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Why do the Rich Save More? A Theory and Australian Evidence

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  • Chakrabarty, Debajyoti
  • Katayama, Hajime
  • Maslen, Hanna

Abstract

We provide a theory to explain the existence of inequality in an economy where agents have identical preferences and have access to the same production technology. Agents consume a "utility" good and a "health" good which determines their subjective discount factor. Depending on initial distribution of capital the economy gets separated into different permanent-income groups. This leads to a testable hypothesis: "The rich save a larger proportion of their permanent income". We test this implication for the savings behaviour in Australia. We show that even after controlling for life-cycle characteristics permanent income and savings are positively correlated. An improvement in the health leads to a positive effect on savings behaviour.

Suggested Citation

  • Chakrabarty, Debajyoti & Katayama, Hajime & Maslen, Hanna, 2006. "Why do the Rich Save More? A Theory and Australian Evidence," Working Papers 06-02.1, University of Sydney, School of Economics.
  • Handle: RePEc:syd:wpaper:2123/7656
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    References listed on IDEAS

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    1. Gary S. Becker & Casey B. Mulligan, 1997. "The Endogenous Determination of Time Preference," The Quarterly Journal of Economics, Oxford University Press, vol. 112(3), pages 729-758.
    2. Milton Friedman, 1957. "Introduction to "A Theory of the Consumption Function"," NBER Chapters,in: A Theory of the Consumption Function, pages 1-6 National Bureau of Economic Research, Inc.
    3. Cagetti, Marco & De Nardi, Mariacristina, 2008. "Wealth Inequality: Data And Models," Macroeconomic Dynamics, Cambridge University Press, vol. 12(S2), pages 285-313, September.
    4. James P. Smith, 1999. "Healthy Bodies and Thick Wallets: The Dual Relation between Health and Economic Status," Journal of Economic Perspectives, American Economic Association, vol. 13(2), pages 145-166, Spring.
    5. Bruce Headey & Gary Marks & Mark Wooden, 2005. "The Structure and Distribution of Household Wealth in Australia," Australian Economic Review, The University of Melbourne, Melbourne Institute of Applied Economic and Social Research, vol. 38(2), pages 159-175, June.
    6. Edward N. Wolff, 1998. "Recent Trends in the Size Distribution of Household Wealth," Journal of Economic Perspectives, American Economic Association, vol. 12(3), pages 131-150, Summer.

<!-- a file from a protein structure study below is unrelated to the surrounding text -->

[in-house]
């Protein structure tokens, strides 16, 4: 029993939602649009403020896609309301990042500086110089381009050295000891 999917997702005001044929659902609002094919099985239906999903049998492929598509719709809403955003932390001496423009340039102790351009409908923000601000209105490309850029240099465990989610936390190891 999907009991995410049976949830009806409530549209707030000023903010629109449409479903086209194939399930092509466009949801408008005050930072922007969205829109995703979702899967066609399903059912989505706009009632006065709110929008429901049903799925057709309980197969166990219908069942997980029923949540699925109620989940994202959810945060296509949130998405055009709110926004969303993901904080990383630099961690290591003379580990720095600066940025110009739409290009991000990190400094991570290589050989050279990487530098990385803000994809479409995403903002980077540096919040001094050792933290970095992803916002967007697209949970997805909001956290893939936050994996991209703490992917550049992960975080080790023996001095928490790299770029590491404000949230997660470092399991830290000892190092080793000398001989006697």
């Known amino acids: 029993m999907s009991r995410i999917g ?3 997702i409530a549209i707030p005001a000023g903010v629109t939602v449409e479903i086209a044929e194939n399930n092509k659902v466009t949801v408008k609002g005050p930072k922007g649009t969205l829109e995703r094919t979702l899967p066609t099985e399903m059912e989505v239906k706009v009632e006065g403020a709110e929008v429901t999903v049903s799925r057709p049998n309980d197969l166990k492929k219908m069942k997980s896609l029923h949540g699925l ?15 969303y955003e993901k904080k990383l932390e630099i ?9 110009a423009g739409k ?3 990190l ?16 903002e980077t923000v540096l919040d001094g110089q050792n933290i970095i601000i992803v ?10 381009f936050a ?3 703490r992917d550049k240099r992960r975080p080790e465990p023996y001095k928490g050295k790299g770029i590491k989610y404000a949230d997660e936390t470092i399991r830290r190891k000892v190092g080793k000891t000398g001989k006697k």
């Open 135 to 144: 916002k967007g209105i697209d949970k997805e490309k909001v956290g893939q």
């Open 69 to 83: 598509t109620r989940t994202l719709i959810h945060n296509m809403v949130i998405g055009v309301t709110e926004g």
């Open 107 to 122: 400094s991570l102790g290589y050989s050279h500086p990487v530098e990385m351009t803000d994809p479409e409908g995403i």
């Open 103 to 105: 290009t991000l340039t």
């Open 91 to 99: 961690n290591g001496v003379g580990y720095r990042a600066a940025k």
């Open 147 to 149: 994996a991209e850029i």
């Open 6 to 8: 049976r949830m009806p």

7. Barrett, Garry F & Crossley, Thomas F & Worswick, Christopher, 2000. "Consumption and Income Inequality in Australia," The Economic Record, The Economic Society of Australia, vol. 76(233), pages 116-138, June.
    8. Milton Friedman, 1957. "A Theory of the Consumption Function," NBER Books, National Bureau of Economic Research, Inc, number frie57-1, January.
    9. Yoram Ben-Porath, 1967. "The Production of Human Capital and the Life Cycle of Earnings," Journal of Political Economy, University of Chicago Press, vol. 75, pages 352-352.
    10. Lawrance, Emily C, 1991. "Poverty and the Rate of Time Preference: Evidence from Panel Data," Journal of Political Economy, University of Chicago Press, vol. 99(1), pages 54-77, February.
    11. Karen E. Dynan & Jonathan Skinner & Stephen P. Zeldes, 2004. "Do the Rich Save More?," Journal of Political Economy, University of Chicago Press, vol. 112(2), pages 397-444, April.
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    Cited by:

    1. Néstor Gandelman, 2015. "Do the Rich Save More in Latin America?," IDB Publications (Working Papers) 6914, Inter-American Development Bank.
    2. Wei-Ting Pan, 2016. "The Impact of Mandatory Savings on Life Cycle Consumption and Portfolio Choice," PhD Thesis, Finance Discipline Group, UTS Business School, University of Technology, Sydney, number 32.
    3. Dutta, Dilip & Yang, Yibai, 2012. "Endogenous time preference: evidence from Australian households' behaviour," Working Papers 2012-07, University of Sydney, School of Economics.
    4. Néstor Gandelman, 2017. "Do the rich save more in Latin America?," The Journal of Economic Inequality, Springer;Society for the Study of Economic Inequality, vol. 15(1), pages 75-92, March.
    5. Néstor Gandelman, 2017. "Do the rich save more in Latin America?," The Journal of Economic Inequality, Springer;Society for the Study of Economic Inequality, vol. 15(1), pages 75-92, March.

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